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Terms of Reference
This Special Interest Group brings together people who aim to accelerate the change of the UK economy to an efficient, circular model where resources are reused rather than thrown away. We are working with other organisations researching this area, so that our complementary knowledge and skills can effect greater change than would our individual efforts. Guided by our partners, we will seek to reduce legal and regulatory impediments to a circular economy, both real and imagined, whilst promoting those aspects that foster circularity. Contact the Convenor if you would like to join the group.
There has been growing interest in recent years in changing the traditional economic process of make-use-discard into a circular approach. The main driver is economic prudence: increasing efficiency and profits, reducing business risk and decoupling growth from primary resource consumption.
The World Economic Forum stated in 2014 that fundamental economic change is necessary and “relying on efficiency gains alone will not be enough to meet global demand: the context calls for systemic changes, and in that respect the switch from a linear to a regenerative circular economy provides credible and quantified perspectives. The potential for innovation, job creation and economic development is huge: estimates indicate a trillion dollar opportunity, and numerous global trends suggest the time is ripe for this sea change”.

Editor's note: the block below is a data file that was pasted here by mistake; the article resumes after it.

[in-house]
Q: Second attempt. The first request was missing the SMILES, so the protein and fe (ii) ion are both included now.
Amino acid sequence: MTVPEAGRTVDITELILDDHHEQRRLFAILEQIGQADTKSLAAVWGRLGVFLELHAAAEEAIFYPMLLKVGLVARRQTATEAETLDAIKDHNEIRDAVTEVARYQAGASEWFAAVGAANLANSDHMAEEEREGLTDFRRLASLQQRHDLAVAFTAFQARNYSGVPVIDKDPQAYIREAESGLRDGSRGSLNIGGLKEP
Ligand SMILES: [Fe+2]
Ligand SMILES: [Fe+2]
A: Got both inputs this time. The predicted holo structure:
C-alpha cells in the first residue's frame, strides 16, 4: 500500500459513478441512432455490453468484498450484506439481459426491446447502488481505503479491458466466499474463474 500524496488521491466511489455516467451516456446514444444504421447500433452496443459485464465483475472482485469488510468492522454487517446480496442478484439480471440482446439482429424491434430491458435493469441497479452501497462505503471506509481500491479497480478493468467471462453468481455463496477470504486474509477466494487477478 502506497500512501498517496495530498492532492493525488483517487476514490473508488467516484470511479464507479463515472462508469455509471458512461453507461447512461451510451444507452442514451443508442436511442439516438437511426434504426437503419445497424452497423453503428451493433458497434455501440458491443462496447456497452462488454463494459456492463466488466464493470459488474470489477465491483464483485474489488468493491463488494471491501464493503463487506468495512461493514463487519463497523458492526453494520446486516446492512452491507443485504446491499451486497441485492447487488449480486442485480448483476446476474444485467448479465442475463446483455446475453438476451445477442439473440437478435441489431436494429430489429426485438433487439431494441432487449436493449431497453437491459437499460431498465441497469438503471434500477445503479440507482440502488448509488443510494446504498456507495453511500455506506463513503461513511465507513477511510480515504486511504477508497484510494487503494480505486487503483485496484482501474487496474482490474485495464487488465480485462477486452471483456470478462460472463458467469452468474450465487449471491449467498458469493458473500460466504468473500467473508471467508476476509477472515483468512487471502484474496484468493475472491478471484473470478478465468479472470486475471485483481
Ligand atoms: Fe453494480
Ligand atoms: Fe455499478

The following links are useful for further research:
Recent Events & Activities
The current areas of research include:
· Exploring collaborations with PwC and the Furniture Reuse Network on both theoretical and practical aspects of implementing a circular economy
· Investigating the potential for creating sector guides to fill a vacuum of official advice. These would ideally be endorsed by the relevant regulators.
Progress on both these areas has slowed down following the Brexit vote, but we remain hopeful of a positive outcome.
There was a SIG meeting in February 2016, where the priorities for future action and focus by UKELA were discussed and decided. It is important that UKELA plays to its strengths and adds value to the work being done by others. The practical steps we should take relate to understanding the legal impediments and opportunities encountered by organisations trying to become more circular, then helping them and others benefit most from the lessons learnt.
The Defra Stakeholders’ Workshop on the circular economy was attended by Angus Middleton in February 2016.
The circular economy roundtable was held at Fablab London on 27th January 2015. This was attended by the RSA, Green Alliance, CIWM, ASPRG, InnovateUK, DEFRA, REBus (Aldersgate Group and WRAP) and UKELA. The Green Alliance and RSA agreed to suggest research topics for UKELA, including ongoing SME pilot projects, while InnovateUK and CIWM suggested that they may be able to source funding for this work. DEFRA requested some assistance with official guidance and statutory instruments.
The inaugural meeting was held at The Chandos on 14th October 2014, where it was agreed to start a special interest group and explore partnerships with other organisations working on the circular economy.